Results Of Cal./Nev. Campaign Are Released; 2nd Year Now Up For Vote

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When California and Nevada's credit unions hold their annual meeting here next week they will again be asked to pick up the tab for the comprehensive Public Advocacy Campaign that has run in the two states this year, primarily on radio but also in some newspapers.

Ten months after launch, the California/Nevada league said research shows the campaign to increase awareness and build support for credit union issues among consumers and policy makers has achieved measurable results in "convincing voters to back credit unions."

"As measured by ongoing surveys of registered voters in both states throughout the year, nearly one million voters who were aware of the program's radio or newspaper advertisements were swayed to support credit unions if a battle with the banking industry should take place at state or federal levels," the league said.

Approved by the states' credit unions at the 2004 annual meeting in Las Vegas, it was a significant and, for some credit unions, expensive undertaking, with their assessments exceeding annual league dues.

The program began in January 2005 with a series of radio advertisements in 28 markets throughout both states that emphasize the benefits of credit unions for all consumers by providing competition, returning earnings to consumers within local communities and offering a choice for financial services. Newspaper advertisements explaining how credit unions "Recycle" earnings within local communities were used in state capitals and in key legislative districts. The ads will run through December.

"It is very satisfying to see that our member credit unions' foresight in approving this critical program designed to build widespread support in the face of continued attacks from the banking industry has now been validated through research," said Richard Ghysels, Chairman of the League's Public Advocacy Committee and CEO of First Financial Credit Union, West Covina, Calif.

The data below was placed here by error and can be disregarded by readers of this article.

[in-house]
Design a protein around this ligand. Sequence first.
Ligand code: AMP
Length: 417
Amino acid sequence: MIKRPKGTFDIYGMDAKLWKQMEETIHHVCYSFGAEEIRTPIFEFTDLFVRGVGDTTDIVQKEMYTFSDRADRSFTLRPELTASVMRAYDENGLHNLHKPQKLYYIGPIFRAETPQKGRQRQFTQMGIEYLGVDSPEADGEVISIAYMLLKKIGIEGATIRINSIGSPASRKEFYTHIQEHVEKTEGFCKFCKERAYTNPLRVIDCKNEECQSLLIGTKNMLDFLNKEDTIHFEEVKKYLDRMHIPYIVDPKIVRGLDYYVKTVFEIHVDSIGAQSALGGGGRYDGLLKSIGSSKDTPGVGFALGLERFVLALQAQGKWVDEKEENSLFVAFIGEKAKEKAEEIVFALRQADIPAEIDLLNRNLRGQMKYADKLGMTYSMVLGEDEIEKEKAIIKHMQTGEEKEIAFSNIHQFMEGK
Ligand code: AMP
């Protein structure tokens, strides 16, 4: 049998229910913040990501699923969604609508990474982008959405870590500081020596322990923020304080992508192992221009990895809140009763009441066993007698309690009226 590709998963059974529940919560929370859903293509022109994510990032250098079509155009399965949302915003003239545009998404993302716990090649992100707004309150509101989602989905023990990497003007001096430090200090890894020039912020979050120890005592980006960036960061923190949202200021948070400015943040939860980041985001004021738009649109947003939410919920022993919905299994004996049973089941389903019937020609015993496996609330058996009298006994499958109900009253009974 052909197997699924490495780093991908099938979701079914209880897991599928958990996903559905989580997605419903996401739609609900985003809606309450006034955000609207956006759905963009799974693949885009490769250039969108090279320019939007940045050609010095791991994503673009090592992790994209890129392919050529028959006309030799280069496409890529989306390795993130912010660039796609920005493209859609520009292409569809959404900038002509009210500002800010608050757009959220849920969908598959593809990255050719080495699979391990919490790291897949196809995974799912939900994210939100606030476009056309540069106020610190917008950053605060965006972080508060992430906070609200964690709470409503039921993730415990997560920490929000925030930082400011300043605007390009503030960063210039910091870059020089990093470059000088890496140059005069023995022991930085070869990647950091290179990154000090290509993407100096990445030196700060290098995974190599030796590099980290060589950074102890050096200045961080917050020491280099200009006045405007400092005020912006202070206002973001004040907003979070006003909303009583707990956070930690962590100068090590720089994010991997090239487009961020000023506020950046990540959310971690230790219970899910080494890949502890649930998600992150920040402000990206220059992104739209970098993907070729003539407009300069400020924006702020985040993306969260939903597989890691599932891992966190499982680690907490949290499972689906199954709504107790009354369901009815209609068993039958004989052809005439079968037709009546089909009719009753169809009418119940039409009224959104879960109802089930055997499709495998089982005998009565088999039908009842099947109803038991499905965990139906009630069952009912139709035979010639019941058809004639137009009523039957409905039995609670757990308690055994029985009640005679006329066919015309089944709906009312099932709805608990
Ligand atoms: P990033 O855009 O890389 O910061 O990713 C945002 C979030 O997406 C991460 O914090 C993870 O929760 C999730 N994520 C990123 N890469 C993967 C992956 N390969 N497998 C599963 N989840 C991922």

Other media support has included member education materials including posters, statement stuffers and other printed materials that reflect the program messages, along with use of the radio ads as credit union "on-hold" messages. A grassroots component of the program is also under way to recruit and train an expanded base of advocates from credit unions in California and Nevada, the league said.

"Ongoing research has been essential in guiding the development of messages and demonstrating the effectiveness of the program" said Henry Kertman, League director of public relations. "We promised member credit unions to provide measurable results, and the positive research findings indicate significant progress in moving forward."

Strata Research, an independent research firm based in San Diego, conducted a benchmark survey in November, 2004 of registered voters in California and Nevada who are financial decision makers in their household, the league said. Those findings were measured against ongoing monthly polling throughout 2005 and a concluding report in September.

"Of 17.6 million voters surveyed, 32% (5.6 million) were aware of the messages. That's a strong reach for such a broad-based, multi-state program" Kertman said. "More importantly, of those consumers aware of the messages, nearly one million (901,000 or 16%) indicated the ads had swayed them to side with credit unions. This is the type of solid result we were determined to achieve."

Research also indicated significant increases in favorable impressions of credit unions from both members and non-members, a significant decline in the number of consumers who are not aware of credit unions, and increased consumer disapproval of attacks on credit unions from the banking industry.

The league said that when credit unions meet for the annual meeting at Disneyland next week they will be provided with a proposed schedule for 2006 that reflects about a 10% reduction in many credit union assessments.

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